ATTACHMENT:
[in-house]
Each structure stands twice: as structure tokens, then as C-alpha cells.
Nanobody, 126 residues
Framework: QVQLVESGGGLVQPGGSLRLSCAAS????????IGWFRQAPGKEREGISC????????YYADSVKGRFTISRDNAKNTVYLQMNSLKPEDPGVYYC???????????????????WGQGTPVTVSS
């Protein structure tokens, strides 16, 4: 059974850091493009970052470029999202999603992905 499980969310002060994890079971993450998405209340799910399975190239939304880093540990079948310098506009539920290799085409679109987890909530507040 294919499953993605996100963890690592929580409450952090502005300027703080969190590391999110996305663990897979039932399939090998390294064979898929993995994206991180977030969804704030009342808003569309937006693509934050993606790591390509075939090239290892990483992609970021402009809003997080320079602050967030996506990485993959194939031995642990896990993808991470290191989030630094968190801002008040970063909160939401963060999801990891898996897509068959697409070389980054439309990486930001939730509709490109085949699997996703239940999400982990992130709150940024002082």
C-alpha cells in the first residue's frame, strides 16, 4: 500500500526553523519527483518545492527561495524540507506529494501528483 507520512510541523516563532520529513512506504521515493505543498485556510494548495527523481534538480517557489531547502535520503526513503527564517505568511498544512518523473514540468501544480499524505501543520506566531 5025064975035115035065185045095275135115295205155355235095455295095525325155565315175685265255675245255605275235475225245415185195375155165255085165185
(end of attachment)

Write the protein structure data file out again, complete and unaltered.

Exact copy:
[in-house]
Each structure stands twice: as structure tokens, then as C-alpha cells.
Nanobody, 126 residues
Framework: QVQLVESGGGLVQPGGSLRLSCAAS????????IGWFRQAPGKEREGISC????????YYADSVKGRFTISRDNAKNTVYLQMNSLKPEDPGVYYC???????????????????WGQGTPVTVSS
């Protein structure tokens, strides 16, 4: 059974850091493009970052470029999202999603992905 499980969310002060994890079971993450998405209340799910399975190239939304880093540990079948310098506009539920290799085409679109987890909530507040 294919499953993605996100963890690592929580409450952090502005300027703080969190590391999110996305663990897979039932399939090998390294064979898929993995994206991180977030969804704030009342808003569309937006693509934050993606790591390509075939090239290892990483992609970021402009809003997080320079602050967030996506990485993959194939031995642990896990993808991470290191989030630094968190801002008040970063909160939401963060999801990891898996897509068959697409070389980054439309990486930001939730509709490109085949699997996703239940999400982990992130709150940024002082």
C-alpha cells in the first residue's frame, strides 16, 4: 500500500526553523519527483518545492527561495524540507506529494501528483 507520512510541523516563532520529513512506504521515493505543498485556510494548495527523481534538480517557489531547502535520503526513503527564517505568511498544512518523473514540468501544480499524505501543520506566531 5025064975035115035065185045095275135115295205155355235095455295095525325155565315175685265255675245255605275235475225245415185195375155165255085165185